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Five or six years ago, economists studied a period that they named “the Great Moderation.” In the period after World War II, and even more specifically from the mid 1980s to the mid 2000s, economic performance in the United States, Europe, and many countries had been relatively placid. These countries enjoyed respectable levels of long-run growth, experienced only mild recessions, and enjoyed low and stable inflation. Many observers felt that this performance was in large measure due to the fact that economists and policymakers had learned how to conduct effective monetary and fiscal policies. We learned from the mistakes of the Great Depression and knew how to prevent serious economic downturns. We also learned from the mistakes made in the 1970s and knew how to avoid inflationary policies.
To be sure, other countries still experienced their share of economic problems. Many countries in Latin America experienced currency crises and debt crises in the 1980s. Many countries in Southeast Asia suffered through painful exchange rate crises in the 1990s. Japan suffered a protracted period of low growth. Some countries saw hyperinflation, while others experienced economic decline. Still, for the most part, mature and developed economies experienced very good economic performance. Macroeconomics was becoming less about diagnosing failure and more about explaining success.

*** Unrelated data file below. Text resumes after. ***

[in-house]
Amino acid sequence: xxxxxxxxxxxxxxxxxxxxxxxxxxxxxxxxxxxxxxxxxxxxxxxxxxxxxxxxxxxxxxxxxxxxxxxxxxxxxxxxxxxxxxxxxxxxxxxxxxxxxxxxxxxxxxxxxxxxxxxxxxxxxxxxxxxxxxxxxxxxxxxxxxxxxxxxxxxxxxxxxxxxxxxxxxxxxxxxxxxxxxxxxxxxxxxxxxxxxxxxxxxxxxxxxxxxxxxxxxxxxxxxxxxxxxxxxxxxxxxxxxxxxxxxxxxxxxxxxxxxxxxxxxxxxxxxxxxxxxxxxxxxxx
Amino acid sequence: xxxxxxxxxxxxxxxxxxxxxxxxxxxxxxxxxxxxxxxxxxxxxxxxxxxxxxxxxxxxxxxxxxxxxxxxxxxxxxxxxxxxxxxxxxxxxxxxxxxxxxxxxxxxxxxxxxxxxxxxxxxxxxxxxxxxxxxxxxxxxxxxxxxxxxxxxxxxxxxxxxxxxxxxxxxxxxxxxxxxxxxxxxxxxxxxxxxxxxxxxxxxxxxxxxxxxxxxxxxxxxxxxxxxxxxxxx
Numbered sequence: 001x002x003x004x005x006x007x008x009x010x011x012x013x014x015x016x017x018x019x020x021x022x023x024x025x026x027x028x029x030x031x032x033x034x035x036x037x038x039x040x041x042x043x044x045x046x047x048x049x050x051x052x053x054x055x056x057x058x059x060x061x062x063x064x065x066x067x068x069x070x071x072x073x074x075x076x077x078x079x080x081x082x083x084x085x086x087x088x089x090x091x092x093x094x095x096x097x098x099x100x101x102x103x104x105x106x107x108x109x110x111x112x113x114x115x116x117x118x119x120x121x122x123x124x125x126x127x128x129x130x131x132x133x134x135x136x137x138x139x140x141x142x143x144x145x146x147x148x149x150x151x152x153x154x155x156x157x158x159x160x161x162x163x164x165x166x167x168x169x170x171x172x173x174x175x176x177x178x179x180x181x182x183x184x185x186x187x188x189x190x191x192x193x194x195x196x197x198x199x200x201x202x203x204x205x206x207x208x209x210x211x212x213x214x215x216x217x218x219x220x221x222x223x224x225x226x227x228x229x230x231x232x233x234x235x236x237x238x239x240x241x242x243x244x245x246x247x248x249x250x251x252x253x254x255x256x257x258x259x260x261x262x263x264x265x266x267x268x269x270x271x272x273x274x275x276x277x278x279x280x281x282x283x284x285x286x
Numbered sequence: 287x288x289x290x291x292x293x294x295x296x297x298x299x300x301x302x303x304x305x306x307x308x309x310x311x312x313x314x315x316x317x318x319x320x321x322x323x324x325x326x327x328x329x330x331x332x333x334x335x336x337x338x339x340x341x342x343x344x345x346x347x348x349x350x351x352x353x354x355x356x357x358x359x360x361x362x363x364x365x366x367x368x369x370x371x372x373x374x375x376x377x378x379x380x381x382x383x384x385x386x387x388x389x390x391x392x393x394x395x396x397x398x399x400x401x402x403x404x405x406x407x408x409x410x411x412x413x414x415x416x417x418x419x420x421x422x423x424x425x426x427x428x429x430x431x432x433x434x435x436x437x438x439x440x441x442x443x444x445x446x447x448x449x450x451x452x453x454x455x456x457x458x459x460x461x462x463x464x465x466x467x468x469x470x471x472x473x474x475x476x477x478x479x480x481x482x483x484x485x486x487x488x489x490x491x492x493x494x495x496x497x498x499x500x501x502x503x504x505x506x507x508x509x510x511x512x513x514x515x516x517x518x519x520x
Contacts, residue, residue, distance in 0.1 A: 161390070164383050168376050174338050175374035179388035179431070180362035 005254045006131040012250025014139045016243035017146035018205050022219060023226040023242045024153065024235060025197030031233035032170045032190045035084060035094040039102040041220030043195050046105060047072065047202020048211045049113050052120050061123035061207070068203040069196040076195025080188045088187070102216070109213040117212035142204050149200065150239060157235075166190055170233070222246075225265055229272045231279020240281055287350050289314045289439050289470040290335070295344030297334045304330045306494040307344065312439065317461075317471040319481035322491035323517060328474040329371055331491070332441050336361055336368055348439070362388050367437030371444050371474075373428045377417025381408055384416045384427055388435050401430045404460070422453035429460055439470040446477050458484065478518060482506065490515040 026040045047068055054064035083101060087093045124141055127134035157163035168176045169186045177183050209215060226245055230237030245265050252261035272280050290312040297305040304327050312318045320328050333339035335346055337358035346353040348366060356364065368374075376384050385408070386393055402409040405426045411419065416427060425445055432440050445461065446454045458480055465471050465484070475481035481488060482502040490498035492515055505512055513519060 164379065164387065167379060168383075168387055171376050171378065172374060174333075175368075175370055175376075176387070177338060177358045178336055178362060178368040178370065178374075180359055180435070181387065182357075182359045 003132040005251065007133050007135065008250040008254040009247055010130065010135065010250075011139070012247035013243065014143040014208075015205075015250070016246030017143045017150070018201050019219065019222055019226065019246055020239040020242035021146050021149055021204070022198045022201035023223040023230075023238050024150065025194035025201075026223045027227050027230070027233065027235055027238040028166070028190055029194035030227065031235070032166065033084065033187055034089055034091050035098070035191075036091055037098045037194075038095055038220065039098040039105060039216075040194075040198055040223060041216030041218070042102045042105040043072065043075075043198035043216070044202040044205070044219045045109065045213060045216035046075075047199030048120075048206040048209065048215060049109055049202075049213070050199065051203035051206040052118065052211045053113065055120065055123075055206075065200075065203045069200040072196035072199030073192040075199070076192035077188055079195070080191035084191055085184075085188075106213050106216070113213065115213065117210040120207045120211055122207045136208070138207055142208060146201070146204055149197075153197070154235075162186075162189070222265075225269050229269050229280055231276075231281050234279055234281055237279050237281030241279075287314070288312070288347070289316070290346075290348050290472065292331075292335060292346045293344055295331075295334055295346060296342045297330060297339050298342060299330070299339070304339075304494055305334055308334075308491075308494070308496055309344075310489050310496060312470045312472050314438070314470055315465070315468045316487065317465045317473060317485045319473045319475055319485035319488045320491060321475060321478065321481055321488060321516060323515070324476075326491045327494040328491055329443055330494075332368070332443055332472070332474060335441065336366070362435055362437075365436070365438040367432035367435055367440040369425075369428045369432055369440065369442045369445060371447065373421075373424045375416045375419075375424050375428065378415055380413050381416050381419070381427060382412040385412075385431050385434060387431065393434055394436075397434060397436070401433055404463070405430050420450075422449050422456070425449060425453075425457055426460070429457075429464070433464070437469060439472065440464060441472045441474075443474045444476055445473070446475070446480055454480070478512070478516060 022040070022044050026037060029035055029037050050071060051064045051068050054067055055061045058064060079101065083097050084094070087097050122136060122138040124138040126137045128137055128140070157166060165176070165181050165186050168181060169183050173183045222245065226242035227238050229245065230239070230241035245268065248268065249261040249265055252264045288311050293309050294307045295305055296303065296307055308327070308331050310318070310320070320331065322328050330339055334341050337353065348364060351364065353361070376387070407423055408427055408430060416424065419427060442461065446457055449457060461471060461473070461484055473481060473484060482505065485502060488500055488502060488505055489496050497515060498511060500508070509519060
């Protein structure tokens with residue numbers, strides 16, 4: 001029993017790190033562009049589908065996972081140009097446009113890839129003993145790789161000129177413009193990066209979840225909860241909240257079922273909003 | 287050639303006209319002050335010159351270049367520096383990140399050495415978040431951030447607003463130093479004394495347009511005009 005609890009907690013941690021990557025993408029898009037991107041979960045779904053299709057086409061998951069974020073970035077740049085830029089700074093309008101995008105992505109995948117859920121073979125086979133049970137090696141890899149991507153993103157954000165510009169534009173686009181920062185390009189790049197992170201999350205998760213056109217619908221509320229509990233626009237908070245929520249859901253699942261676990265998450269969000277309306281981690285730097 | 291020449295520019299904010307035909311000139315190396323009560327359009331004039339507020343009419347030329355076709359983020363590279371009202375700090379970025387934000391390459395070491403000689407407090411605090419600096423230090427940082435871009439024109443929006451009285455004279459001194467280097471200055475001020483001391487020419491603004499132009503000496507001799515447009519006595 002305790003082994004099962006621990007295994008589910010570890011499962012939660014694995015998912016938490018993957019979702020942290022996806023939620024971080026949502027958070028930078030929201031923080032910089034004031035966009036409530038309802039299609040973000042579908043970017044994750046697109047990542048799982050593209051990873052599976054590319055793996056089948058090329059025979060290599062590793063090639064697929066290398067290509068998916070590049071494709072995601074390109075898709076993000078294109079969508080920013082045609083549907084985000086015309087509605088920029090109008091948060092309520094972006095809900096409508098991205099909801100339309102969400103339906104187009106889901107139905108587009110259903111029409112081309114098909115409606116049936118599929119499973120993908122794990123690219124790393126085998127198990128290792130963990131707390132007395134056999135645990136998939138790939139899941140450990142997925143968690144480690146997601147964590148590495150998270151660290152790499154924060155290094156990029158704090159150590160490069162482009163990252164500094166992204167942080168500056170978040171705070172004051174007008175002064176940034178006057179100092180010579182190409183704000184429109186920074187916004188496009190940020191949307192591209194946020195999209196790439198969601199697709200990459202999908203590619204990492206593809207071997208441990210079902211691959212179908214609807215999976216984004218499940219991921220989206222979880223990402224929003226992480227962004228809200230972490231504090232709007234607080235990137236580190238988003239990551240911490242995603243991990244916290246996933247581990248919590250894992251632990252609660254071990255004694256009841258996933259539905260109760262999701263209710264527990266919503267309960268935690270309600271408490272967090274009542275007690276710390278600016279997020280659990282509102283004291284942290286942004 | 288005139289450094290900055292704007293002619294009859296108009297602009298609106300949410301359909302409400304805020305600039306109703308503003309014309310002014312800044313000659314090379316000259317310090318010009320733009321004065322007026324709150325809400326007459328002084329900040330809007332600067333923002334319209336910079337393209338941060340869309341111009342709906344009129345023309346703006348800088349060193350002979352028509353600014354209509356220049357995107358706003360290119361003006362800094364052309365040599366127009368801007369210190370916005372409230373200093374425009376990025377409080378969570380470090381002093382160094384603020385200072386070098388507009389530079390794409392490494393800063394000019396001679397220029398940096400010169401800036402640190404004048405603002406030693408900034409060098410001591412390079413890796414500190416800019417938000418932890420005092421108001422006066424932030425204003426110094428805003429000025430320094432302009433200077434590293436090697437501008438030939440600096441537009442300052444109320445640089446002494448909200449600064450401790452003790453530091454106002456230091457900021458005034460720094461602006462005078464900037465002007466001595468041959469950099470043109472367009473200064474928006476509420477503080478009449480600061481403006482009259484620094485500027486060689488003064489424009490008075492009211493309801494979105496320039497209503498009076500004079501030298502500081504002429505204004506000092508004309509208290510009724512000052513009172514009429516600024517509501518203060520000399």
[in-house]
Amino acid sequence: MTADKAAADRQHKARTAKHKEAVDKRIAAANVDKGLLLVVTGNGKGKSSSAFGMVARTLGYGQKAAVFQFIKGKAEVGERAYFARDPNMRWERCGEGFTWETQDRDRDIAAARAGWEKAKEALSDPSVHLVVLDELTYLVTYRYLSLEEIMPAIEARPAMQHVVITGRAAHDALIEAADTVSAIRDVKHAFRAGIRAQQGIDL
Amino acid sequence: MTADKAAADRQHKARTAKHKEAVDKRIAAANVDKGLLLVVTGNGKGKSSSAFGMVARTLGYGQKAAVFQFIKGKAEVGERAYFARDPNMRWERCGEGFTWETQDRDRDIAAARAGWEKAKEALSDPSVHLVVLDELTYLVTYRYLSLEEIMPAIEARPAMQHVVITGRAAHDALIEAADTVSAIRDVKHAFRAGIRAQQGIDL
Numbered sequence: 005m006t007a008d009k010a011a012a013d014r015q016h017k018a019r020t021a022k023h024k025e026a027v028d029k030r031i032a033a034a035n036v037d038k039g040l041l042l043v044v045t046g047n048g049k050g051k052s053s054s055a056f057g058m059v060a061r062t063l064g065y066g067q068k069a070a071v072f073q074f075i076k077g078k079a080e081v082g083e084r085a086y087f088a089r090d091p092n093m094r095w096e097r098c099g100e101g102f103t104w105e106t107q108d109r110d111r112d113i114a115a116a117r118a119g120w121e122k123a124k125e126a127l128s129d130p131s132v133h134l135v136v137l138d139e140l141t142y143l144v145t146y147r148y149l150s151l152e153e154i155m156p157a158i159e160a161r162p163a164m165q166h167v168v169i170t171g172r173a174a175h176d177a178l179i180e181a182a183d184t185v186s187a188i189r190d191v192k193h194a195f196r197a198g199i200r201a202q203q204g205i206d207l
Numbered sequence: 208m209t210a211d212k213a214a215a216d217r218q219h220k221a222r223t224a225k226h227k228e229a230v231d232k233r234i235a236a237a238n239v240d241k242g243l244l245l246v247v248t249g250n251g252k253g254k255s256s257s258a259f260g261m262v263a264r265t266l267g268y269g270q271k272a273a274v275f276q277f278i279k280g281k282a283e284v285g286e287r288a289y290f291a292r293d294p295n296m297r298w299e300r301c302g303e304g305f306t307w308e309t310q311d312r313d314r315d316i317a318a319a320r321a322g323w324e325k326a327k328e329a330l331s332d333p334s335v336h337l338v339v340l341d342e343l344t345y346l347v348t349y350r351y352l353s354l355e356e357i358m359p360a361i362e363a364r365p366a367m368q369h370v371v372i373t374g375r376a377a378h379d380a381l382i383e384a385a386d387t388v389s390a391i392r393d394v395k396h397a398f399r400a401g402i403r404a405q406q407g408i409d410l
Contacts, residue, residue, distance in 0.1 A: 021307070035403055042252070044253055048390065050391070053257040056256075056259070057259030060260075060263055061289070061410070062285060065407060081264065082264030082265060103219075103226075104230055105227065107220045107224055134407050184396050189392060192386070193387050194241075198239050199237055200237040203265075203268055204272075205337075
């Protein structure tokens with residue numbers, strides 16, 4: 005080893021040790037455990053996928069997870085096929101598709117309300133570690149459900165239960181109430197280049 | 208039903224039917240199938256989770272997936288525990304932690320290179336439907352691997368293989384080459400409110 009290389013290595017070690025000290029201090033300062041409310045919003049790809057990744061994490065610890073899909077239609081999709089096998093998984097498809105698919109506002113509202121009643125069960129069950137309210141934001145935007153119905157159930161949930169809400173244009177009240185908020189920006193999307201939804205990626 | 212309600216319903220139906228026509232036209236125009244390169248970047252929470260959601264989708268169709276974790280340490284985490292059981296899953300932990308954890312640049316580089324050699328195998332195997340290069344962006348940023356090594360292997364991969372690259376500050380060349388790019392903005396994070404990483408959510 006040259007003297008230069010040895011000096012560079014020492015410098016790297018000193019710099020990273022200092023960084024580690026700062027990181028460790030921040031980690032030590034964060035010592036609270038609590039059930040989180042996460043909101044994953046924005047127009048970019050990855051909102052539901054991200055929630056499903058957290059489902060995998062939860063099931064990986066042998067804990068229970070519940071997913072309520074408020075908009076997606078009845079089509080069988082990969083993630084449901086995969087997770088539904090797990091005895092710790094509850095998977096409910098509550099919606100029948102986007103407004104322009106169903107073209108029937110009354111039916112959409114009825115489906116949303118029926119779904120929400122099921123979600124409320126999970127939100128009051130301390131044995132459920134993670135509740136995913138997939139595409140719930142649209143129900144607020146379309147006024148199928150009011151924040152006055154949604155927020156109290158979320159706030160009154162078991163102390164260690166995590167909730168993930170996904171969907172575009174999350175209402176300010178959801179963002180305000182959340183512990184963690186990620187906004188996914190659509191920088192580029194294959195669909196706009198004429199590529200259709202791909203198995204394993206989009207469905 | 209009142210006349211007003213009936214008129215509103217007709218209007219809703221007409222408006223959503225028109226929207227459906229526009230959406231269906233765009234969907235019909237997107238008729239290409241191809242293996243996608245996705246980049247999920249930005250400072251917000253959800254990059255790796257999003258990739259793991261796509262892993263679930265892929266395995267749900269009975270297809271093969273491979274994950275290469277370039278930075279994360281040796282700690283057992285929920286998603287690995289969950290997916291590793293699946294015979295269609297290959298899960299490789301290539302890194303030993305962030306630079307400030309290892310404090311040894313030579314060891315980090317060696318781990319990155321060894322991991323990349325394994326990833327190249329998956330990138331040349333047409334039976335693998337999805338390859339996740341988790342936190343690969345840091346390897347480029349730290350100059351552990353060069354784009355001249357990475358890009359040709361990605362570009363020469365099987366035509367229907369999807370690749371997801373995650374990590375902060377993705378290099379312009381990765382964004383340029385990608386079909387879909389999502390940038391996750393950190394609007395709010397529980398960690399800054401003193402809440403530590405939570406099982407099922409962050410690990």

The last few years shook that worldview. The crisis of 2008 showed that a major economic catastrophe was not as unthinkable as economists and others hoped. The world experienced the most severe economic downturn since the Great Depression, and there was a period where it seemed possible that the crisis could even be on the same scale as the Great Depression. Countries like the United States and the United Kingdom faced protracted recessions. Countries such as Greece, Portugal, Ireland, and Iceland found themselves mired in debt crises. Spillovers and interconnections—real, financial, and psychological—meant that events like the bankruptcy of Lehman Brothers reverberated throughout the economies of the world.
Because it resurrected old problems, the crisis of 2008 also resurrected old areas of study in macroeconomics. The events in Europe have prompted economists to review the debate over common currencies and the conduct of monetary policy. There has been increased investigation of the size of fiscal policy multipliers. At the same time, macroeconomists are devoting much attention to topics such as the connection between financial markets and the real economy. But this difficult period for the world economy has also been an exciting time for macroeconomists. The study of macroeconomics has become more vital than ever—more alive and more essential.